SLANT: Strategy Three

All About: SLANT

No matter how great and/or engaging one’s lesson is, if students aren’t alert, sitting up, and actively listening, it is useless learning. SLANT is an acronym used in many classrooms that identifies appropriate classroom behavior. SLANT is effective because it identifies the five key behaviors that will allow students to be successful and absorb the most information. The acronym is:

S– Sit up

L– Listen

A-Ask and answer questions

N– Nod your head

T– Track the speaker

This strategy serves as a short, quick reminder of how students need to be acting in class. This phrase doesn’t take a lot of time; therefore you’re not wasting valuable learning time explaining what you expect out of your students. In asking for SLANT, you are being quick, efficient, and unemotional. This acronym can be taken as a noun such as, “Where’s my SLANT?” Or, as a verb, “Make sure you’re SLANTING!” As a result, as soon as that acronym is spoken, students understand exactly what they are expected to do.

Why this strategy would work

The use of the word SLANT will eventually be an example of classical conditioning in the classroom. The first few weeks of school is when the teacher should constantly be reminding students of what the words mean and the expectations that go along with the acronym. This is important because after the meaning is taught there will be no excuse for students to not understand what is expected of them. There should be group practice in the classroom where you’re basically training your class how to react when they hear the statement, SLANT. For example, “Show me what it means to SLANT.” Then you might respond, “Yes, that’s exactly right.” Or, “Remember to track the speaker, so your eyes should always be on me. Let’s try that again.” With verbal praise or other reinforcing mechanisms, student’s behavior will be shaped in the way that reflects appropriate SLANT. Eventually, as soon as they hear the world SLANT they will automatically do this behavior without having to think about it.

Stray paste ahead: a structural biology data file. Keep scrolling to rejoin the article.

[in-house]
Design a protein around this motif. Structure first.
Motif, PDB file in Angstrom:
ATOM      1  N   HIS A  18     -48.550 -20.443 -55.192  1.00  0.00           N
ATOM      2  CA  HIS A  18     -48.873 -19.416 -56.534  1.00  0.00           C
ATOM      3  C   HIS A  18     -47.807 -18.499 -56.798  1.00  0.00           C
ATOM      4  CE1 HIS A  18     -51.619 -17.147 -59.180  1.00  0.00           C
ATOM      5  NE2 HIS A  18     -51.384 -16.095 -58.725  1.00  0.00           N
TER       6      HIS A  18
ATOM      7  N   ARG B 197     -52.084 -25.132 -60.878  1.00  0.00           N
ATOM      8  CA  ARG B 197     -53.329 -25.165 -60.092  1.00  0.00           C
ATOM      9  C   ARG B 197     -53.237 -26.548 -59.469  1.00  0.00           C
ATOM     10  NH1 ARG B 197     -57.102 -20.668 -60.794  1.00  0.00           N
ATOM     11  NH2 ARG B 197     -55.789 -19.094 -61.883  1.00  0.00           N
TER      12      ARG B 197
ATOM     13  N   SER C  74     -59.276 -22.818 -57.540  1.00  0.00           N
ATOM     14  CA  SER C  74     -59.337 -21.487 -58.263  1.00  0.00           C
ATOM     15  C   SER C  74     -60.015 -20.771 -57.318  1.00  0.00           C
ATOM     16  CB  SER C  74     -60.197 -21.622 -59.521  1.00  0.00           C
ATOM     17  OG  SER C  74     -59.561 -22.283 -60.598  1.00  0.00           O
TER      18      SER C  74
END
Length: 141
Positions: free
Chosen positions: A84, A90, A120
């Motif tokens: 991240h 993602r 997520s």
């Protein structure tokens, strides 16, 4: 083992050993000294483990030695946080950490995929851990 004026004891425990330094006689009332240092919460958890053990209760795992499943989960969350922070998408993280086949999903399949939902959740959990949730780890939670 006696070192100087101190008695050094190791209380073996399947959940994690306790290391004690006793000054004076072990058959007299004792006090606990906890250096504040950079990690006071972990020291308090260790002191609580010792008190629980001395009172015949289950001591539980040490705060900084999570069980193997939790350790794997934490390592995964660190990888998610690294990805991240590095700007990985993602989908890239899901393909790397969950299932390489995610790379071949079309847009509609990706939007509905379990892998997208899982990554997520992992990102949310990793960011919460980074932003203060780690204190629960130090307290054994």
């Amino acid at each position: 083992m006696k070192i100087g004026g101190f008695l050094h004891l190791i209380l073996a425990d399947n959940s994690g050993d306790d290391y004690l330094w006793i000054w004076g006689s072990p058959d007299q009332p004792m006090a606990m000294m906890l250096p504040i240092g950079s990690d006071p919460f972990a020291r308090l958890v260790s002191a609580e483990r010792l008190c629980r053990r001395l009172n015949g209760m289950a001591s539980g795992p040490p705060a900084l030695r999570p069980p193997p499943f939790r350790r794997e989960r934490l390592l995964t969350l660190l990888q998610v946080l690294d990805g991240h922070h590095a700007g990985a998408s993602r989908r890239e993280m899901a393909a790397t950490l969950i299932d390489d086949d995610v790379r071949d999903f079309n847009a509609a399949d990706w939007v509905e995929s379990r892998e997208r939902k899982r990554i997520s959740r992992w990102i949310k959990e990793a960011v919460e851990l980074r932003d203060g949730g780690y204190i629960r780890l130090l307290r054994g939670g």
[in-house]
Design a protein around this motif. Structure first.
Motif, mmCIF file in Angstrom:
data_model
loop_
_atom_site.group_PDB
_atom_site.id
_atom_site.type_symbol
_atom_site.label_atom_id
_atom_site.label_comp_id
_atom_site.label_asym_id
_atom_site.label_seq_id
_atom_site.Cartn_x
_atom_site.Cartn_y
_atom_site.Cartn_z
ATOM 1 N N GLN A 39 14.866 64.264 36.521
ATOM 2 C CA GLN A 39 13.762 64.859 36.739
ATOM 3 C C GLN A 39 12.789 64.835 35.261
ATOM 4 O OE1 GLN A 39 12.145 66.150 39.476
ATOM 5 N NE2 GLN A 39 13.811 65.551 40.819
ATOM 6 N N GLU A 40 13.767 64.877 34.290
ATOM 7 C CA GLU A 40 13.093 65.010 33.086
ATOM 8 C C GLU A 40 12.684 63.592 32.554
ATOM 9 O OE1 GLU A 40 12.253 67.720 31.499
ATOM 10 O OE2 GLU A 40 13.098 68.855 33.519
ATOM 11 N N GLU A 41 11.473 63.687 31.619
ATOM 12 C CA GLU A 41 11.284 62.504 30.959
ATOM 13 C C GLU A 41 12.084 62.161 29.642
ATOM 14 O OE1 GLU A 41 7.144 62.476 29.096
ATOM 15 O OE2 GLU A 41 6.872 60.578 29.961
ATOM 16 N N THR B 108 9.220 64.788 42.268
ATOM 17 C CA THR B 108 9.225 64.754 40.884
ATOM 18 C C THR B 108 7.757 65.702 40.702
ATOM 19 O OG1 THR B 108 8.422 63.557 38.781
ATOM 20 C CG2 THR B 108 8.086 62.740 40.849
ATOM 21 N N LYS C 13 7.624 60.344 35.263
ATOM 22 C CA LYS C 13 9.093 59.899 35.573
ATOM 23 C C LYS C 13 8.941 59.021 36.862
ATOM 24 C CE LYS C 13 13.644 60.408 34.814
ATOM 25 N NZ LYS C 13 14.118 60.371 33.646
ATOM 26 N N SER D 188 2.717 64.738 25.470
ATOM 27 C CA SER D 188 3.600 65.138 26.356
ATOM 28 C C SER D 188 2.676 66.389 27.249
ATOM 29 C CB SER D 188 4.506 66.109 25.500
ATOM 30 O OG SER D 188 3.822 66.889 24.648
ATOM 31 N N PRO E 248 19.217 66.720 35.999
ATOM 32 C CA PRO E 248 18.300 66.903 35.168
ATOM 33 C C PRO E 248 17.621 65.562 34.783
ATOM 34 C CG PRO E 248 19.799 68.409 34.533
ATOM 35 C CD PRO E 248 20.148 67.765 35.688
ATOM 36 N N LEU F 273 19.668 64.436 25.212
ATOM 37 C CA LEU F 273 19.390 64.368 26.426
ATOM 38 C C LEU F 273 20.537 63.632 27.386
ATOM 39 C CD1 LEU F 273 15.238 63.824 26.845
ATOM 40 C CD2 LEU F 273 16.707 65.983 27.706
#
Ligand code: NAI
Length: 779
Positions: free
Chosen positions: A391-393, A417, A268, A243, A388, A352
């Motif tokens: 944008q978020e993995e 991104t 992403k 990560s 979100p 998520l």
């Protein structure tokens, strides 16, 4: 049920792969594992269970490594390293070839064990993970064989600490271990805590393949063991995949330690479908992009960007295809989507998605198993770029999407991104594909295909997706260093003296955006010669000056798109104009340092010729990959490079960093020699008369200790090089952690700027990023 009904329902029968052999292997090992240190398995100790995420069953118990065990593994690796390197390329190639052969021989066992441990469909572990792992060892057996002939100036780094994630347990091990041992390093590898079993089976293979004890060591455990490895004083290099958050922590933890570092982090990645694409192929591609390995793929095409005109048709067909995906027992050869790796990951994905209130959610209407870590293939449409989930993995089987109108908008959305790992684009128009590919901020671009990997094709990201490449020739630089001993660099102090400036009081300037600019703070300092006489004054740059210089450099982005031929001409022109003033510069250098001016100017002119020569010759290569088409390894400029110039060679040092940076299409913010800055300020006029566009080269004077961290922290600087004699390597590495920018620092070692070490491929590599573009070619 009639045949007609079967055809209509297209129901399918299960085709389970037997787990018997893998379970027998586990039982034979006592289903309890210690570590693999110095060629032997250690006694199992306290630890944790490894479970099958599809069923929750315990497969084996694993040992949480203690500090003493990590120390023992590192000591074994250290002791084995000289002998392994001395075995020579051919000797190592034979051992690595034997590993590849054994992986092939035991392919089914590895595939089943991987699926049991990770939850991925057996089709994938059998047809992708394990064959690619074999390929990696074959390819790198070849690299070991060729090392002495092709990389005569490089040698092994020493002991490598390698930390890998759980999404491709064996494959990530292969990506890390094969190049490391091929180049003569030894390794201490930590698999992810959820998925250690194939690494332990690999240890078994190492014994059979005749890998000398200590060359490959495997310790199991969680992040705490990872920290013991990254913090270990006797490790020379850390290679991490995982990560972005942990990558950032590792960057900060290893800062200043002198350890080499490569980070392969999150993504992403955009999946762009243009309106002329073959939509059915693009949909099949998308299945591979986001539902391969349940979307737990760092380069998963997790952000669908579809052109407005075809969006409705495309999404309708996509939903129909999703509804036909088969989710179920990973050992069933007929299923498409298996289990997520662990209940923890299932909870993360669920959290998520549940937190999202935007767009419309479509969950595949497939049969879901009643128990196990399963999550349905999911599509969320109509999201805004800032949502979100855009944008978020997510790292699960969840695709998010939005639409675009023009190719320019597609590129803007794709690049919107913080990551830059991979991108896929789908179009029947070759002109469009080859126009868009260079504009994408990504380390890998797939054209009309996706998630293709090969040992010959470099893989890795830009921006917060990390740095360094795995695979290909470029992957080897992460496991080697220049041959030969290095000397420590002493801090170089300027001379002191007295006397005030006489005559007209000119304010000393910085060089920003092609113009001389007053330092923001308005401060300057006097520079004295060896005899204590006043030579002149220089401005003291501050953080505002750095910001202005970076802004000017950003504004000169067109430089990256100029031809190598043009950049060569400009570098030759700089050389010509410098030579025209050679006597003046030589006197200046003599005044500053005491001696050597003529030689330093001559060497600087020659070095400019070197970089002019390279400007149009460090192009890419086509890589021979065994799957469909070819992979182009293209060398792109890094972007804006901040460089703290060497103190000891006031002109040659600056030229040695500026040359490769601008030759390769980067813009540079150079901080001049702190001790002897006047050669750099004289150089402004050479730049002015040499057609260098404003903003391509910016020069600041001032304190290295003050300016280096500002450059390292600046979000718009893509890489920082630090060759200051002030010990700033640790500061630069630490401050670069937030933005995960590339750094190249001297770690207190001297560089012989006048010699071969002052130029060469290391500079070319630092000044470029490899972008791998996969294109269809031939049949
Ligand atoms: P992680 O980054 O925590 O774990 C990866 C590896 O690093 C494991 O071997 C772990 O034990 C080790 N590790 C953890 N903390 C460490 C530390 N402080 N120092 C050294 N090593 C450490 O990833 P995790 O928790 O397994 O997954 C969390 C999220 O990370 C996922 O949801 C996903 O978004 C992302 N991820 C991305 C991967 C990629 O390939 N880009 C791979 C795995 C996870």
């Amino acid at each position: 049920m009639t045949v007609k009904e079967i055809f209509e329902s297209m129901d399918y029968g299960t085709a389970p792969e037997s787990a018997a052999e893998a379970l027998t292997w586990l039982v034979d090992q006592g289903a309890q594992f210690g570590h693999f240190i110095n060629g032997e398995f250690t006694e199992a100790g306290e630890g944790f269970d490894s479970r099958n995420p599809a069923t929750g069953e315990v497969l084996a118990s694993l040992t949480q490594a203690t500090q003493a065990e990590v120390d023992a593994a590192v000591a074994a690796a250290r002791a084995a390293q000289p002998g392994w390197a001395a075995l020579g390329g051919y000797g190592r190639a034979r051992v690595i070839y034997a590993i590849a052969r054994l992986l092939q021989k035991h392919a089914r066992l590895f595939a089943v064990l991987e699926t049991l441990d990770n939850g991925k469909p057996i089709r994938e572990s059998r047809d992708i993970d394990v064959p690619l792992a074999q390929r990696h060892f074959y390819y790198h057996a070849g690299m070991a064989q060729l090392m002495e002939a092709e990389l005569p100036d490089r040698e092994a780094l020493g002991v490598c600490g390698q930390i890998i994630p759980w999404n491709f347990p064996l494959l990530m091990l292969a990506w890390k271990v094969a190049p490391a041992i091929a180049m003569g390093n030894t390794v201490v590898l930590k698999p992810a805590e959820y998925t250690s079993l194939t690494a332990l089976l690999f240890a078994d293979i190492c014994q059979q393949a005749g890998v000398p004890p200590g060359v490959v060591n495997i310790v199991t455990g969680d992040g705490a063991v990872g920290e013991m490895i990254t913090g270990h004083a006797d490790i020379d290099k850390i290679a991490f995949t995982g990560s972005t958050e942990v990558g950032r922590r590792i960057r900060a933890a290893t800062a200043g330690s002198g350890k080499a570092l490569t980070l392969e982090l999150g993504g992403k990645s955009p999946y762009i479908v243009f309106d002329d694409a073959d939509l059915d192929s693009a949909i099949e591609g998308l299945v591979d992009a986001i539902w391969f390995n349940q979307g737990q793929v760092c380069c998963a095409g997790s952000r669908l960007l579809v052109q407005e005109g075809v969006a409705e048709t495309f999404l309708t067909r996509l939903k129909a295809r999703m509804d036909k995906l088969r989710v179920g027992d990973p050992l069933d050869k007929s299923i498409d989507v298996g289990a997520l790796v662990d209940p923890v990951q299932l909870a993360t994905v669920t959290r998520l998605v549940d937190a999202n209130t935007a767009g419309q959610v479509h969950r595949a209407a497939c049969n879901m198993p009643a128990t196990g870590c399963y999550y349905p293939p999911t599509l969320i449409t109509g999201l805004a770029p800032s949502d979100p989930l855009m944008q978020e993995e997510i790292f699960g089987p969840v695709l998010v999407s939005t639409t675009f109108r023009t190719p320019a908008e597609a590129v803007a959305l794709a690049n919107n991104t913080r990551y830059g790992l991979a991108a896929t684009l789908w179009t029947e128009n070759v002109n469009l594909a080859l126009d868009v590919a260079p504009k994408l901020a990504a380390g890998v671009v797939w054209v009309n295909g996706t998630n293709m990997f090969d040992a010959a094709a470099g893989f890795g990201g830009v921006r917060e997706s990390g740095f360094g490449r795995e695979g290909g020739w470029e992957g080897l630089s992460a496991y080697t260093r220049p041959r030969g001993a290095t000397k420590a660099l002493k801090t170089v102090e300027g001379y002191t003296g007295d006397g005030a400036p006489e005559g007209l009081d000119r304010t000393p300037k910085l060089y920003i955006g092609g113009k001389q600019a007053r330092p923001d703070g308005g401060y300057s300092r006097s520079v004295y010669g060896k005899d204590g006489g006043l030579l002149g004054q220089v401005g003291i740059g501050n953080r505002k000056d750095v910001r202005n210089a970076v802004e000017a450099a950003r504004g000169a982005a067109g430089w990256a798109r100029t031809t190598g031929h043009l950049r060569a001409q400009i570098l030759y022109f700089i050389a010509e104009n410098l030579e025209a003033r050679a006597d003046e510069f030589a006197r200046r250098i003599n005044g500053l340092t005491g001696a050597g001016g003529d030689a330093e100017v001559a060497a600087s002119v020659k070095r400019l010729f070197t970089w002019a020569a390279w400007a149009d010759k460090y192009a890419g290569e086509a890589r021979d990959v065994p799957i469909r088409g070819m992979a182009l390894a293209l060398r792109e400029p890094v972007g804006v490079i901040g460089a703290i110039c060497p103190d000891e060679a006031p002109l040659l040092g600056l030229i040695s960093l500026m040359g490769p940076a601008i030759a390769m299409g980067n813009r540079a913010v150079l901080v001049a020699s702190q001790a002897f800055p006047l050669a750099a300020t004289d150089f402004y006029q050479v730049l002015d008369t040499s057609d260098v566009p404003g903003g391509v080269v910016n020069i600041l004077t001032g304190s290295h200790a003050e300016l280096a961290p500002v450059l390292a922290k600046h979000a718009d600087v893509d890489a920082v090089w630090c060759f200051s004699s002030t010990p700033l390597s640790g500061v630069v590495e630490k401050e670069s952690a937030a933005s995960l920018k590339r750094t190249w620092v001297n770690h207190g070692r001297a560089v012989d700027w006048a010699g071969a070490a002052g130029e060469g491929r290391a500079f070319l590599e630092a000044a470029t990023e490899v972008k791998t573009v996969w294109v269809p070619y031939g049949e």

Life Example

On the very first day of school I will be sure to have the acronym SLANT posted somewhere conspicuous in my classroom. All the letters will be clearly defined and explaining this concept will be one of the first things I do. I plan to make this the basic building block of the classroom and something that will be impossible to forget. Each day for the first month or two, I will remind students of what the acronym means and explain that I will not settle for any behavior less than this. It is important that all students practice “SLANT-ING” so the expectations of the classroom are clear and precise. Non-verbal signals will also be extremely helpful if there is ever a situation that is not appropriate for verbal reminders. For example, I might demonstrate sitting up tall and folding my hands together to remind students to sit up straight. Or, clasp your hand behind your ear to remind them to listen carefully. Through all of these methods, appropriate classroom behavior will be clearly defined and expected.

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